The Cowlitz County Prosecuting Attorney's Office strives to effectively represent the State's interests and to advance the rule of law in all Cowlitz County criminal cases in the appellate courts in which the State is a party. The office seeks to accommodate the appellate courts' dual role of deciding cases before them and announcing "the law" in a way that becomes binding precedent for the State and its citizens. The office strives not simply to advance a position that best represents the State's interests: the office also must take great care to ensure that it presents its legal arguments in a manner that takes full advantage of the opportunity each case presents to influence the court's law-announcing function.

The appellate work of the deputy prosecutors falls into two primary categories: Direct Appeals and Collateral Attacks.

Defense of Criminal Convictions in Direct Appeals

County prosecuting attorneys are responsible for trial-level prosecution of criminals in Washington District and Superior Courts. Following conviction, felony defendants are entitled to appeal to the Washington State Court of Appeals, with discretionary review by the Washington State Supreme Court (misdemeanor defendants are entitled to appeal to the county's Superior Court with discretionary review by the Washington State Court of Appeals). In these direct appeals, defendants seek to have their convictions reversed or their sentences changed. These cases range from minor misdemeanors to very serious felonies, such as rape, kidnapping, robbery, and homicide cases including murder and aggravated murder. Many appeals involve complex and sensitive constitutional and criminal law questions that affect all aspects of the criminal justice system statewide. The appellate court reviews the record of what happened in the trial court for legal errors. A very small percentage of the office's appellate caseload involves appeals initiated by this office where we seek to have a trial court decision overturned, usually from pretrial orders suppressing evidence or dismissing a case.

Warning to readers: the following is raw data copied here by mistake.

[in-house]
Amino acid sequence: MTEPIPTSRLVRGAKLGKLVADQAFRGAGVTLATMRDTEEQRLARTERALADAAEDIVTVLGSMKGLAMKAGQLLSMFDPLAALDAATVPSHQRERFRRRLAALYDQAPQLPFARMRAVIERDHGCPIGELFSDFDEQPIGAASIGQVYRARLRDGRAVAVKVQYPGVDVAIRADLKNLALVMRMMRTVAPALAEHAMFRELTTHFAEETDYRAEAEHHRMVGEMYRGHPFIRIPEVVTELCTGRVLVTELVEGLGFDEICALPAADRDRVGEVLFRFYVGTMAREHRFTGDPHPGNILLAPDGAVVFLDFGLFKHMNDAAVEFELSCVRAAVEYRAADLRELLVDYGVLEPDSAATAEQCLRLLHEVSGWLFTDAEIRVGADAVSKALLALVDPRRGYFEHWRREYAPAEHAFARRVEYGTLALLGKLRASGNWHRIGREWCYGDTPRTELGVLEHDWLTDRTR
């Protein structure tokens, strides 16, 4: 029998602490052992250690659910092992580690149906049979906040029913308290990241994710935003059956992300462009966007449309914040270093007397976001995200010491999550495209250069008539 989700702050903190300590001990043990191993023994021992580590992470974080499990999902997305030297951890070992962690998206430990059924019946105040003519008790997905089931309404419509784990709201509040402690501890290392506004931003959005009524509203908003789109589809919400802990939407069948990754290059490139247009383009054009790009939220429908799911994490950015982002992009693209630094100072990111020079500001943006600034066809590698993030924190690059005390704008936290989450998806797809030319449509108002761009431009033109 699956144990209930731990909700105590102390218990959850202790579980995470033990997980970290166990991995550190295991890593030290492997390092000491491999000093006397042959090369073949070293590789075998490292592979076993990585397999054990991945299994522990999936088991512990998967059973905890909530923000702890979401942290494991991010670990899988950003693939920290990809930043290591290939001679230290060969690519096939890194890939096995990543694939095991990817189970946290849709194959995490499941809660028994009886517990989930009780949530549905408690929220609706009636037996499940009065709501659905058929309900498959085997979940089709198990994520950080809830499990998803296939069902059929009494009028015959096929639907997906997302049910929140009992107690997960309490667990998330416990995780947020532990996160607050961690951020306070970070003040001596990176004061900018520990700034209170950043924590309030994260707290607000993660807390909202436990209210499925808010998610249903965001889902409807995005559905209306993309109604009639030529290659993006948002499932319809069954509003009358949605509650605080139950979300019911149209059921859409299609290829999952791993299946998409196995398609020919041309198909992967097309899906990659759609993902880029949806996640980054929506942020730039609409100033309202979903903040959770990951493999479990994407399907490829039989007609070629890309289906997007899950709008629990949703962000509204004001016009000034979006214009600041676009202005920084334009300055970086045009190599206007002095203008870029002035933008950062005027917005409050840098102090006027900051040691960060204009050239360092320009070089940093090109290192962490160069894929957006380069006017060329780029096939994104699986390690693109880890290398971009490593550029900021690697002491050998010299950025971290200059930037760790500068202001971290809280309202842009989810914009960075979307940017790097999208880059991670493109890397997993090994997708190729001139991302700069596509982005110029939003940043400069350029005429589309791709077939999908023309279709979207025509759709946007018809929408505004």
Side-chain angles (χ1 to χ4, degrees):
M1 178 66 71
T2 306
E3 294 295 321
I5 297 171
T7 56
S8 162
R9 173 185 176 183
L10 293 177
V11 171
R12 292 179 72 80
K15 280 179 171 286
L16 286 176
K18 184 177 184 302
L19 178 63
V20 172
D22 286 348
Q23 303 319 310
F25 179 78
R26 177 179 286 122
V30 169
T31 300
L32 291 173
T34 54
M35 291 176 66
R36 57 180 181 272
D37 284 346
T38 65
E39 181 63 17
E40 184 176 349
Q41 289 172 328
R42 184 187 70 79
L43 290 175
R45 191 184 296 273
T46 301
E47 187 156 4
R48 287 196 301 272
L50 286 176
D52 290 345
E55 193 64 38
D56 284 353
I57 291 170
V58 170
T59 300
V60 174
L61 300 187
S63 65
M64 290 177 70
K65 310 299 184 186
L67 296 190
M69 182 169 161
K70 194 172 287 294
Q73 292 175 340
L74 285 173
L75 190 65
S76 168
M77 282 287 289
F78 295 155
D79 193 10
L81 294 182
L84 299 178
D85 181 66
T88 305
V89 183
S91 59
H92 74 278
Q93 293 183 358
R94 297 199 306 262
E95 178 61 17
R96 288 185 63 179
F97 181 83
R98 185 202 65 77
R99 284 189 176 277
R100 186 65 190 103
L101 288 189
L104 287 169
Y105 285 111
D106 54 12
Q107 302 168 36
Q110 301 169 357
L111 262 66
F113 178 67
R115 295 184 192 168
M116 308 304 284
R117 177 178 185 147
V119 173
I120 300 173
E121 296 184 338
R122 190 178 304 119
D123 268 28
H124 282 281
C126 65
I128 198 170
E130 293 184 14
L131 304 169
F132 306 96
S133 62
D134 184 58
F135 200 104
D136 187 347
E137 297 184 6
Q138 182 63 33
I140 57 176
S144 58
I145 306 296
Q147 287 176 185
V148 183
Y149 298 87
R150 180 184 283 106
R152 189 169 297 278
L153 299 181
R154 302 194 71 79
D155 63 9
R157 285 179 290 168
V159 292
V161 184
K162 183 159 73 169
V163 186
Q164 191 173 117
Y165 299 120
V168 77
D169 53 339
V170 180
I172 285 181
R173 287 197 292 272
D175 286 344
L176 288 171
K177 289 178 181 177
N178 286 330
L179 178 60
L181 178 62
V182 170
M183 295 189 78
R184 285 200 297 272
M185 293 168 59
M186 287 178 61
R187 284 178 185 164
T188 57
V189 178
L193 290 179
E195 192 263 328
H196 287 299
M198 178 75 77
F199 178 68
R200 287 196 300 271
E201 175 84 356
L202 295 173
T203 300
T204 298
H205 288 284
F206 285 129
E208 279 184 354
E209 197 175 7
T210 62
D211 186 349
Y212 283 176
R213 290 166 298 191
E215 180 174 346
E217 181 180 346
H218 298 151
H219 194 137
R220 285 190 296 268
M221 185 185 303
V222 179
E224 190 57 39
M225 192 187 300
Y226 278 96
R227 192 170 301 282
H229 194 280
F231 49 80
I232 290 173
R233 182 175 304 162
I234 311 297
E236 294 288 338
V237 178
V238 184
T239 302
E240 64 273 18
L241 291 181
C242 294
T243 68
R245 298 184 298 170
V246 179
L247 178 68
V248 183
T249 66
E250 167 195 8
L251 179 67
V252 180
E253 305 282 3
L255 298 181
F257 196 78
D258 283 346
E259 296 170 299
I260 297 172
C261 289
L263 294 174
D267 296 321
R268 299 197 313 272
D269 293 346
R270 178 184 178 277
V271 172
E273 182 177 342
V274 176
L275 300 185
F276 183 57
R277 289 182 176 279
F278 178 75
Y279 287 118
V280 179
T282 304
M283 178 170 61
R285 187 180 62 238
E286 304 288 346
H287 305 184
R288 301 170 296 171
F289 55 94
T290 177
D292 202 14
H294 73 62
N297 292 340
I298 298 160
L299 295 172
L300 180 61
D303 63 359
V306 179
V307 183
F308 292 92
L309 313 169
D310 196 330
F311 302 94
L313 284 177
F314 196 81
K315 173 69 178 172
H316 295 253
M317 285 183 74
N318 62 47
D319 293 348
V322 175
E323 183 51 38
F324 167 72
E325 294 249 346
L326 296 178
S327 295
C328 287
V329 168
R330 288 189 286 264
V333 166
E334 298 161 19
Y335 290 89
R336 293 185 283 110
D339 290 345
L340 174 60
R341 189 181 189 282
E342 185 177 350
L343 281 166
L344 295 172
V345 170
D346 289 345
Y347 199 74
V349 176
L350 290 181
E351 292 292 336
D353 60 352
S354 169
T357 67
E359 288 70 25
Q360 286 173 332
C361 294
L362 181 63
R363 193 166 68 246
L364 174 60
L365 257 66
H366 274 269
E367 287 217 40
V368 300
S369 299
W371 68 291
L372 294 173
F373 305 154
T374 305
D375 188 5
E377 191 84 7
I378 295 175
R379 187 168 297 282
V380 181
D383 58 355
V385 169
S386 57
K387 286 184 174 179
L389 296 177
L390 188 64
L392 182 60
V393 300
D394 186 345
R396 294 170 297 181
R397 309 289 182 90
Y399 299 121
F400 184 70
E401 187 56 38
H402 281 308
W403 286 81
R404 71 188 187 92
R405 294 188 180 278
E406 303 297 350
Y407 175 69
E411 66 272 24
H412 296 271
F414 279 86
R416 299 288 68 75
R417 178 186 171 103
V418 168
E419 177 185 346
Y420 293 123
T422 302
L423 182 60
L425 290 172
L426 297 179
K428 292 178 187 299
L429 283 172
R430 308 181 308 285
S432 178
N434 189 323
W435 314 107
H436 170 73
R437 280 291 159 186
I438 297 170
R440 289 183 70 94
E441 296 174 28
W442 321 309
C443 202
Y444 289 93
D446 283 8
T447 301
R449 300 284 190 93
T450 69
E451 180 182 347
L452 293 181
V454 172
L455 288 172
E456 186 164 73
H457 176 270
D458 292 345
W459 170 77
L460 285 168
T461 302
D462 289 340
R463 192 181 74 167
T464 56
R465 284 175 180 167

Defense of Criminal Convictions in Collateral Attacks

Collateral attacks generally involve challenges by criminal defendants to the validity of criminal judgments or to the legality or conditions of their confinement. Those cases include motions for relief from judgment in the county's Superior Court and personal restraint petitions in the State's appellate courts. Many of the collateral attacks involve claims of a denial of the constitutional right to the assistance of counsel based on allegations that the defendant's lawyer at the criminal trial or on direct appeal performed deficiently.

Further information regarding the State's appellate courts can be found by clicking here.